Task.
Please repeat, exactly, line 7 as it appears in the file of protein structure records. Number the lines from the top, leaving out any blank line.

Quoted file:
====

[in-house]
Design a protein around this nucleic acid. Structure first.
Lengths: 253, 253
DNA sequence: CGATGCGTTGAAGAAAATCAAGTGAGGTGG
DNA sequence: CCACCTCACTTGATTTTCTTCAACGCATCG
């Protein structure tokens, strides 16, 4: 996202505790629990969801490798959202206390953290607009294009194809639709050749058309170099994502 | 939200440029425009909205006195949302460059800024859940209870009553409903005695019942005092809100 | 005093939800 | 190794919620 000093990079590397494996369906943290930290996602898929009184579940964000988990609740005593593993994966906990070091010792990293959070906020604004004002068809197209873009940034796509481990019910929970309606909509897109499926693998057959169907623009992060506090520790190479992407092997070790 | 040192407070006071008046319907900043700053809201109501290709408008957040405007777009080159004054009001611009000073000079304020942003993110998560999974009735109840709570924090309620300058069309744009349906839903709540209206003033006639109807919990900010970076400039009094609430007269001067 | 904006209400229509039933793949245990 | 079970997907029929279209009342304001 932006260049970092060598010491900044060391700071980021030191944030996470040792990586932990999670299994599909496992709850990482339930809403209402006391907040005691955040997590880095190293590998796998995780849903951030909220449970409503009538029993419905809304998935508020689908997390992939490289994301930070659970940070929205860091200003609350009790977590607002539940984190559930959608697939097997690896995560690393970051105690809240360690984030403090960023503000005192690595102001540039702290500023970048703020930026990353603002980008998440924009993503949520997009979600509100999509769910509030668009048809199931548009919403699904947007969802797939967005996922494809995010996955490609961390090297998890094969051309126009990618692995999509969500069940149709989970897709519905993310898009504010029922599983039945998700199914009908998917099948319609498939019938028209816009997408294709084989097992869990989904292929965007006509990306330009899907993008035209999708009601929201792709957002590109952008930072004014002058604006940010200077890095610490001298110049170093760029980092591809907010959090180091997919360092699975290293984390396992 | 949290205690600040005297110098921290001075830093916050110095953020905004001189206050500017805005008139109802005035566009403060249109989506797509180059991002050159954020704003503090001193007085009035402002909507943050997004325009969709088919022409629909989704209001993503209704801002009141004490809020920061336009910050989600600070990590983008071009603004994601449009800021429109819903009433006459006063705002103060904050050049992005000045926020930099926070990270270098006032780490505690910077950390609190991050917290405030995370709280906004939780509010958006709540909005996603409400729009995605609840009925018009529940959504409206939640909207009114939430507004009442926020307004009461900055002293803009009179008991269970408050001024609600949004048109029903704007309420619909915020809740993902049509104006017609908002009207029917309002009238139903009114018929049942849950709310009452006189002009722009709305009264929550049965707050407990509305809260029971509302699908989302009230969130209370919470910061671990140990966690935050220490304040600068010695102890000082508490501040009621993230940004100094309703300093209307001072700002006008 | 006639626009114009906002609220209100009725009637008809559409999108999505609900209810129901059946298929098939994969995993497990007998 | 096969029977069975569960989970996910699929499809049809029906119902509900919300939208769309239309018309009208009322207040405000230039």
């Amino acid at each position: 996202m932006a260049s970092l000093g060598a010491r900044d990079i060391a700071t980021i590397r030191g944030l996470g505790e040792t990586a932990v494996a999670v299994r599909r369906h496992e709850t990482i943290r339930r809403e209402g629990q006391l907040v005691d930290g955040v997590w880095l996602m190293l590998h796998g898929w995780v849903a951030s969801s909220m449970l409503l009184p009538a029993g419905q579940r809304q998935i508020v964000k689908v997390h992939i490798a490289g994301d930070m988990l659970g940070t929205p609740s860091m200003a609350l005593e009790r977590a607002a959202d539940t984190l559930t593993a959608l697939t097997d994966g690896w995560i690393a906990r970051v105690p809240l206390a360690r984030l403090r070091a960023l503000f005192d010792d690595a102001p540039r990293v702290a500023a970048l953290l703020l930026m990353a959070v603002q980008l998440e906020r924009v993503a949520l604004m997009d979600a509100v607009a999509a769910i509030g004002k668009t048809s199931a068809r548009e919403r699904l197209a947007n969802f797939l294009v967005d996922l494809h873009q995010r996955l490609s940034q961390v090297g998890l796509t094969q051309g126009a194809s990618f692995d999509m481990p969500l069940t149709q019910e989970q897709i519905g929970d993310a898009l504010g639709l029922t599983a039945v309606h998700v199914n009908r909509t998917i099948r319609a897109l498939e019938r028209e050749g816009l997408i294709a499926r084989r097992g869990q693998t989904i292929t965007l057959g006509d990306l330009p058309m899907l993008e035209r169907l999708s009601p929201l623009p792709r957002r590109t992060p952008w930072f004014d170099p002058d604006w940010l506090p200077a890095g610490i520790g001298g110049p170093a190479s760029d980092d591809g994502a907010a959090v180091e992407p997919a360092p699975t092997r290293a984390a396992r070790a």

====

């Amino acid at each position: 996202m932006a260049s970092l000093g060598a010491r900044d990079i060391a700071t980021i590397r030191g944030l996470g505790e040792t990586a932990v494996a999670v299994r599909r369906h496992e709850t990482i943290r339930r809403e209402g629990q006391l907040v005691d930290g955040v997590w880095l996602m190293l590998h796998g898929w995780v849903a951030s969801s909220m449970l409503l009184p009538a029993g419905q579940r809304q998935i508020v964000k689908v997390h992939i490798a490289g994301d930070m988990l659970g940070t929205p609740s860091m200003a609350l005593e009790r977590a607002a959202d539940t984190l559930t593993a959608l697939t097997d994966g690896w995560i690393a906990r970051v105690p809240l206390a360690r984030l403090r070091a960023l503000f005192d010792d690595a102001p540039r990293v702290a500023a970048l953290l703020l930026m990353a959070v603002q980008l998440e906020r924009v993503a949520l604004m997009d979600a509100v607009a999509a769910i509030g004002k668009t048809s199931a068809r548009e919403r699904l197209a947007n969802f797939l294009v967005d996922l494809h873009q995010r996955l490609s940034q961390v090297g998890l796509t094969q051309g126009a194809s990618f692995d999509m481990p969500l069940t149709q019910e989970q897709i519905g929970d993310a898009l504010g639709l029922t599983a039945v309606h998700v199914n009908r909509t998917i099948r319609a897109l498939e019938r028209e050749g816009l997408i294709a499926r084989r097992g869990q693998t989904i292929t965007l057959g006509d990306l330009p058309m899907l993008e035209r169907l999708s009601p929201l623009p792709r957002r590109t992060p952008w930072f004014d170099p002058d604006w940010l506090p200077a890095g610490i520790g001298g110049p170093a190479s760029d980092d591809g994502a907010a959090v180091e992407p997919a360092p699975t092997r290293a984390a396992r070790a």